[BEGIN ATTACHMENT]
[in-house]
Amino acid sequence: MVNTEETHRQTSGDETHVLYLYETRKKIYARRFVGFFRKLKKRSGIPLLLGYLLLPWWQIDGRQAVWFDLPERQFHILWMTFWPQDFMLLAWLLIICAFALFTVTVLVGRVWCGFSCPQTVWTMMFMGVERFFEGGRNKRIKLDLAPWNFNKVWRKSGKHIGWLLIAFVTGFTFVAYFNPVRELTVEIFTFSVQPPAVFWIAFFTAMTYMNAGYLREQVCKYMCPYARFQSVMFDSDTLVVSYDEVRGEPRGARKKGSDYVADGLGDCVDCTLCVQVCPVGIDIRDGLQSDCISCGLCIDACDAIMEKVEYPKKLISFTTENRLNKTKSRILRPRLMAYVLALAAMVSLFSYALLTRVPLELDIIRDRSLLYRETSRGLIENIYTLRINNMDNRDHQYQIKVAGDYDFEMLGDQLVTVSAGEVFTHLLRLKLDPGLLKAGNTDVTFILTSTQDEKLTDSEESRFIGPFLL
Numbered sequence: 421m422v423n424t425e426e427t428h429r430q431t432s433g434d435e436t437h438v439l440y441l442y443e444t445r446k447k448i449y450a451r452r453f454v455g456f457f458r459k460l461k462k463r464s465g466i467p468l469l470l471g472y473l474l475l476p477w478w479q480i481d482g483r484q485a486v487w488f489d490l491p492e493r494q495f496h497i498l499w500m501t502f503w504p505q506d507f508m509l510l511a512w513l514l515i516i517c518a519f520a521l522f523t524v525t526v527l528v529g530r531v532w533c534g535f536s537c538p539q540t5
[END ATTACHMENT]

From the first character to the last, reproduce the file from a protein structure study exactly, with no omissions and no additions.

[in-house]
Amino acid sequence: MVNTEETHRQTSGDETHVLYLYETRKKIYARRFVGFFRKLKKRSGIPLLLGYLLLPWWQIDGRQAVWFDLPERQFHILWMTFWPQDFMLLAWLLIICAFALFTVTVLVGRVWCGFSCPQTVWTMMFMGVERFFEGGRNKRIKLDLAPWNFNKVWRKSGKHIGWLLIAFVTGFTFVAYFNPVRELTVEIFTFSVQPPAVFWIAFFTAMTYMNAGYLREQVCKYMCPYARFQSVMFDSDTLVVSYDEVRGEPRGARKKGSDYVADGLGDCVDCTLCVQVCPVGIDIRDGLQSDCISCGLCIDACDAIMEKVEYPKKLISFTTENRLNKTKSRILRPRLMAYVLALAAMVSLFSYALLTRVPLELDIIRDRSLLYRETSRGLIENIYTLRINNMDNRDHQYQIKVAGDYDFEMLGDQLVTVSAGEVFTHLLRLKLDPGLLKAGNTDVTFILTSTQDEKLTDSEESRFIGPFLL
Numbered sequence: 421m422v423n424t425e426e427t428h429r430q431t432s433g434d435e436t437h438v439l440y441l442y443e444t445r446k447k448i449y450a451r452r453f454v455g456f457f458r459k460l461k462k463r464s465g466i467p468l469l470l471g472y473l474l475l476p477w478w479q480i481d482g483r484q485a486v487w488f489d490l491p492e493r494q495f496h497i498l499w500m501t502f503w504p505q506d507f508m509l510l511a512w513l514l515i516i517c518a519f520a521l522f523t524v525t526v527l528v529g530r531v532w533c534g535f536s537c538p539q540t5